Schools have some way to go in providing a comfortable experience for overseas pupils, a study of Japanese children aged 11-13 attending schools in England and Scotland has found.
The research, by Joanna McPake and Janet Powney of the Scottish Council for Research in Education, suggests many teachers often make "inappropriate" recommendations to Japanese parents. One result is that they opt for private education where they feel academic achievement is more highly prized.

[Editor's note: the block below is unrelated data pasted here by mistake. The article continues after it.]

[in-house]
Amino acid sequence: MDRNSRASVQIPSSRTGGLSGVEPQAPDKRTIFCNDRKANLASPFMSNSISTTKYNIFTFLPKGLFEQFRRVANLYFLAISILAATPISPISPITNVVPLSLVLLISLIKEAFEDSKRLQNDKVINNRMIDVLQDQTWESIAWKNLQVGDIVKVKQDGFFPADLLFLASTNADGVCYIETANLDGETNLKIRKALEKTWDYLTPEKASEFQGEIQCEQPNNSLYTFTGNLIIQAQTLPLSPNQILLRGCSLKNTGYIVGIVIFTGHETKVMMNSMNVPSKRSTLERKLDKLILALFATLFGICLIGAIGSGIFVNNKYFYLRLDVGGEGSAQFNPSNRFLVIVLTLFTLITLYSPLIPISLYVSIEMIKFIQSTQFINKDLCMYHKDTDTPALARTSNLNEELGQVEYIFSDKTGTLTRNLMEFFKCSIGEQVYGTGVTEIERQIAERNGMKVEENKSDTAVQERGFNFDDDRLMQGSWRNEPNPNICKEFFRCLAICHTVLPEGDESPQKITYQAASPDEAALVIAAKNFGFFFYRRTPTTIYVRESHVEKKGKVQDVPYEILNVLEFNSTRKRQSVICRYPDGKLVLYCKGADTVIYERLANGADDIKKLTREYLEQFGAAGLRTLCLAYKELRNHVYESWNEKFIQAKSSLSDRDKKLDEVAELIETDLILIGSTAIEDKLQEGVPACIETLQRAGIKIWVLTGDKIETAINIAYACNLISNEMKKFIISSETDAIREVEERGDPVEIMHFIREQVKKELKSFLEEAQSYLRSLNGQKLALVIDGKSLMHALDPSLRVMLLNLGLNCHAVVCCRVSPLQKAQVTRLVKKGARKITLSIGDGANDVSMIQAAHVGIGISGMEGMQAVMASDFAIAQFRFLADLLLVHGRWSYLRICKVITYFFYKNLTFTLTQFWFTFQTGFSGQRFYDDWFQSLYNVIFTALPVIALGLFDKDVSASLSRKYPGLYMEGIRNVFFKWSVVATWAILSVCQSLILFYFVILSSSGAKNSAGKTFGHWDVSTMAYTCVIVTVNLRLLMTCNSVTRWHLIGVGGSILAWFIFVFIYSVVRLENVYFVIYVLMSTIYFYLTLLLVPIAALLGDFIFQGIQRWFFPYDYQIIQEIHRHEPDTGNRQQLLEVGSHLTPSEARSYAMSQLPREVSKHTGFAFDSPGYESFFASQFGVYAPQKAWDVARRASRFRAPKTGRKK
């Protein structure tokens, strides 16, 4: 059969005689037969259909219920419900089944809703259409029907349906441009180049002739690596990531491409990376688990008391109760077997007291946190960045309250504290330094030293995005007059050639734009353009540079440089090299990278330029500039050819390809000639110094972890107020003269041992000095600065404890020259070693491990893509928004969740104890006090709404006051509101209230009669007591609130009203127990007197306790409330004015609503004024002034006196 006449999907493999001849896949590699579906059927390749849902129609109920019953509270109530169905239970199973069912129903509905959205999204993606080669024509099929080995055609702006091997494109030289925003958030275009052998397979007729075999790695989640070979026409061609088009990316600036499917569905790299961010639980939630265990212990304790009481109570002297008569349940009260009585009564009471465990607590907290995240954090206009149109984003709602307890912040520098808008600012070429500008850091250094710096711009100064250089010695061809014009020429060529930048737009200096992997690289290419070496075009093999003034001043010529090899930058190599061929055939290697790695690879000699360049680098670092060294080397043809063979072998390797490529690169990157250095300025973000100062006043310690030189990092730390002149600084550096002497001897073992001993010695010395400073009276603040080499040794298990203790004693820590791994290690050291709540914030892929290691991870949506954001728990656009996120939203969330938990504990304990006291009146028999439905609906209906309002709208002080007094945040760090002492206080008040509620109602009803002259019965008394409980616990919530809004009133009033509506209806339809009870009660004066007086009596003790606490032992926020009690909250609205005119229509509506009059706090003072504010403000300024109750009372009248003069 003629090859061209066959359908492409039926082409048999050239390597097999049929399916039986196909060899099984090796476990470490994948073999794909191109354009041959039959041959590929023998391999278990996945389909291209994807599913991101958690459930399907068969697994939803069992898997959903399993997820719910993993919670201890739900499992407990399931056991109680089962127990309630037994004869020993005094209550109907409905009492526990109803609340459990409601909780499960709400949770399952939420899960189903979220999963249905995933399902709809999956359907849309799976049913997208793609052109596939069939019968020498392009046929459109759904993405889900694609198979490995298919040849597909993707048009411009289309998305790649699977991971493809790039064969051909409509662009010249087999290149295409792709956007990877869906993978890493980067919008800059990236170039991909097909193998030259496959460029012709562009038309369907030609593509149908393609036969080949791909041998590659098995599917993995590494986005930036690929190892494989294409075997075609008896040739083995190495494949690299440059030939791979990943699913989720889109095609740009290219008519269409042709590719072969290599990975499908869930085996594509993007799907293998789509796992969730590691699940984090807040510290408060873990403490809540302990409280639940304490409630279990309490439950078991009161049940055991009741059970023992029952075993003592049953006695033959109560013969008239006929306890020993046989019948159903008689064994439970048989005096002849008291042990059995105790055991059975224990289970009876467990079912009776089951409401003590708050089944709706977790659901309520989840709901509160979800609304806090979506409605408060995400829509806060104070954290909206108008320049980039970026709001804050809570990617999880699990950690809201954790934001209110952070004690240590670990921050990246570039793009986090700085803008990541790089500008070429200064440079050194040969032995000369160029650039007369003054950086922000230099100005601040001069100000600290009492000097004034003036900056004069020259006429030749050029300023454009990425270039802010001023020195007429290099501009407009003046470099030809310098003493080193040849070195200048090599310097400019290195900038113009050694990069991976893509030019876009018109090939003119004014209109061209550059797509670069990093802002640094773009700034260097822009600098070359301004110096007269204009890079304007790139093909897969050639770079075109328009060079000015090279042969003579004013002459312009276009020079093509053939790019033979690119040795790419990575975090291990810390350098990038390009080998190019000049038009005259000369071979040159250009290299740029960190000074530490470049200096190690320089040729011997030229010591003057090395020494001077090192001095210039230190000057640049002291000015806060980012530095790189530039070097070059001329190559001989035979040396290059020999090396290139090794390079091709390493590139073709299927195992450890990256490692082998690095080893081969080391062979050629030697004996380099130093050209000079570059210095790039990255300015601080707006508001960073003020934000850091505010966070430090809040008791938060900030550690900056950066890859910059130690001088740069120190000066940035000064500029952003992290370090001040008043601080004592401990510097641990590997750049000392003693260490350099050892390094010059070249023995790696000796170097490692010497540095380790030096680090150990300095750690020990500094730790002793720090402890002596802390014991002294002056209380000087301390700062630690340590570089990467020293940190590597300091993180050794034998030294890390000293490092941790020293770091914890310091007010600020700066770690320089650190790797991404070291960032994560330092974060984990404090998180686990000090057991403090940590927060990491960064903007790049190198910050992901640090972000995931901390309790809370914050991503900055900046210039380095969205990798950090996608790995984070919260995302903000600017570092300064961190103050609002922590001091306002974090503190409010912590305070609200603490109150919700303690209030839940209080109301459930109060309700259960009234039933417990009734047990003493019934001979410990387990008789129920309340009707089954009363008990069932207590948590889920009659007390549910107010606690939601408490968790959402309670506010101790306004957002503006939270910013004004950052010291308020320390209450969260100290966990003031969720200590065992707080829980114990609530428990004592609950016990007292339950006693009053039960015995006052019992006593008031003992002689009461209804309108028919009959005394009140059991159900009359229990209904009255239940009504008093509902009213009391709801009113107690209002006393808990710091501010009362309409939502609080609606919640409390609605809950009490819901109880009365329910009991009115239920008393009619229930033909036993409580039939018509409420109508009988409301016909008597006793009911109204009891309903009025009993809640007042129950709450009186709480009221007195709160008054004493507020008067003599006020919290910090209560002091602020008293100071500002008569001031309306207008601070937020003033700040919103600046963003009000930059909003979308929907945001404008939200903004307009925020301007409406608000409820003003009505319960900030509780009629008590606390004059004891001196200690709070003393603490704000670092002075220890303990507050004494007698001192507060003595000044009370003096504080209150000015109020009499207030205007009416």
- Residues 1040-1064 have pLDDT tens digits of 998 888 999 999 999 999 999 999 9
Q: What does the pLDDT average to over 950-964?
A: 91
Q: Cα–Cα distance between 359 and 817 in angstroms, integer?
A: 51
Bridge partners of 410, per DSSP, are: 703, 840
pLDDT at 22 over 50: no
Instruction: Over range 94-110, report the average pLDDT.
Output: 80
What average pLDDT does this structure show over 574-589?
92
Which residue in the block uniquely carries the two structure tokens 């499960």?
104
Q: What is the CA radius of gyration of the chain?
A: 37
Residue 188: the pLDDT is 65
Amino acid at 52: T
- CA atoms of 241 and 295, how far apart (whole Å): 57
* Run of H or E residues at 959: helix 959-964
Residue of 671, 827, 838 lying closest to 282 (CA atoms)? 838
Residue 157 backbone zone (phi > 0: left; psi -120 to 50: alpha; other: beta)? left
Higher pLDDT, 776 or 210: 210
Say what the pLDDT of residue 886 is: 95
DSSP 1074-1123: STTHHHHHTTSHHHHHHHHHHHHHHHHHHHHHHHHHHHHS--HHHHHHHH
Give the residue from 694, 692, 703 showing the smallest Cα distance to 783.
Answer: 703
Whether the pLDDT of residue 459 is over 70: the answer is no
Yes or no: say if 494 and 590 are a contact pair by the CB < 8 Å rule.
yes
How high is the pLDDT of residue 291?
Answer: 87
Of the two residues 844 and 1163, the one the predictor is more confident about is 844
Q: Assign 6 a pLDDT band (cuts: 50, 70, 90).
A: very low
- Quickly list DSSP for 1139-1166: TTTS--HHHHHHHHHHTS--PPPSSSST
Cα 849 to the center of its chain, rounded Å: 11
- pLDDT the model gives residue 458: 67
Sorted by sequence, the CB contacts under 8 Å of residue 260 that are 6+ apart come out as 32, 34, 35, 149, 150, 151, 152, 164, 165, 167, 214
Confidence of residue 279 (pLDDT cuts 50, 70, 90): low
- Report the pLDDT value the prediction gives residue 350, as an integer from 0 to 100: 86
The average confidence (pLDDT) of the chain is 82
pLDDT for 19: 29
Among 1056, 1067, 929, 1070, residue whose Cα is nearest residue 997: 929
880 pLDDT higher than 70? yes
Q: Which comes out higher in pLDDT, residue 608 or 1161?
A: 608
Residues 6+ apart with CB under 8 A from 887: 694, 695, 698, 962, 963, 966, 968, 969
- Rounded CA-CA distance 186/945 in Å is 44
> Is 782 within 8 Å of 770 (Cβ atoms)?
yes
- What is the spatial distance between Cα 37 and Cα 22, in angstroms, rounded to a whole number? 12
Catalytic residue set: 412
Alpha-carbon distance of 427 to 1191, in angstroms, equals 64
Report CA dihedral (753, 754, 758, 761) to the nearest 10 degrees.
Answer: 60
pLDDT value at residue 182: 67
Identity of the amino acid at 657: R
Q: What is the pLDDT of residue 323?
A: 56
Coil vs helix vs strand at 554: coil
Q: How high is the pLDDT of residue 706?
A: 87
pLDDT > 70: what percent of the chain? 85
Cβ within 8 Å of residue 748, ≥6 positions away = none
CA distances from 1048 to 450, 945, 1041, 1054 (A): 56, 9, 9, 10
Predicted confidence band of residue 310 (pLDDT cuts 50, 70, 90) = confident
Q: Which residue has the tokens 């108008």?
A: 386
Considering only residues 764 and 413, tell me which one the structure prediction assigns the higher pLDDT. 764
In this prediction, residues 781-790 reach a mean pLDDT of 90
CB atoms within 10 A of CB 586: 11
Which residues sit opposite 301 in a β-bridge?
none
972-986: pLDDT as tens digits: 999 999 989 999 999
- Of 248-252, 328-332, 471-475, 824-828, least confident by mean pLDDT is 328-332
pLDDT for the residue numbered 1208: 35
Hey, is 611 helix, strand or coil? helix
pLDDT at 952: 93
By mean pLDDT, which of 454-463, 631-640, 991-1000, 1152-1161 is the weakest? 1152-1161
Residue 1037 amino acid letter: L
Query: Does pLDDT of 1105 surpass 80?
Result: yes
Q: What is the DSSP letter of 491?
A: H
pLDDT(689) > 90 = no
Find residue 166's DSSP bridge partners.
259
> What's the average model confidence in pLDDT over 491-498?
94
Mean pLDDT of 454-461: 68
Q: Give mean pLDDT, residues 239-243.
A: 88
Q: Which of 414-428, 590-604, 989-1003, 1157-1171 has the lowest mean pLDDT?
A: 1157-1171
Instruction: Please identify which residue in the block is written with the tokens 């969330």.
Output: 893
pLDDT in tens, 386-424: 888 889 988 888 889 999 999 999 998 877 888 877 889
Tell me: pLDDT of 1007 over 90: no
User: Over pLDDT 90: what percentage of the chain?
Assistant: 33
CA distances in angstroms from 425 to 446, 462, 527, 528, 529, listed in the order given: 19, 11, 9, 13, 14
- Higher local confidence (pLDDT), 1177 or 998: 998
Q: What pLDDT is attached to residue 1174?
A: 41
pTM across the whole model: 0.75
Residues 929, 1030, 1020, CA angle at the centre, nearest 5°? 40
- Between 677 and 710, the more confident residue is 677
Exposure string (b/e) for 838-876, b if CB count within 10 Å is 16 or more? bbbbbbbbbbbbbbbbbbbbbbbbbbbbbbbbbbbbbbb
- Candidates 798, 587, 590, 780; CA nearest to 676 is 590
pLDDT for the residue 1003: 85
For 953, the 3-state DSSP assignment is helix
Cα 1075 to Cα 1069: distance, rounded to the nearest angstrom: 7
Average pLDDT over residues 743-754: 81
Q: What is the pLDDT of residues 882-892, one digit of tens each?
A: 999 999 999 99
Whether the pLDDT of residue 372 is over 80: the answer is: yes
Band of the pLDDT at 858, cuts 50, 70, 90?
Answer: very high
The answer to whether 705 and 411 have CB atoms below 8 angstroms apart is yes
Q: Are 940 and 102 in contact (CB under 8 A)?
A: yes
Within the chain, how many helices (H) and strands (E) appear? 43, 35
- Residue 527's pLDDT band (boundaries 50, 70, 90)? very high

Teachers were well disposed towards Japanese pupils, had high expectations and "overt racism" was rare. But the study warns: "UK-centrism is widespread, and the recognition of cultural diversity in approaches to learning is largely absent."
John Mitchell, former head of the international relations branch at the Scottish Office, said schools had to take account of strains on Japanese children, not only of learning in a foreign environment but of anticipating a return to the more competitive pressures of their own schools.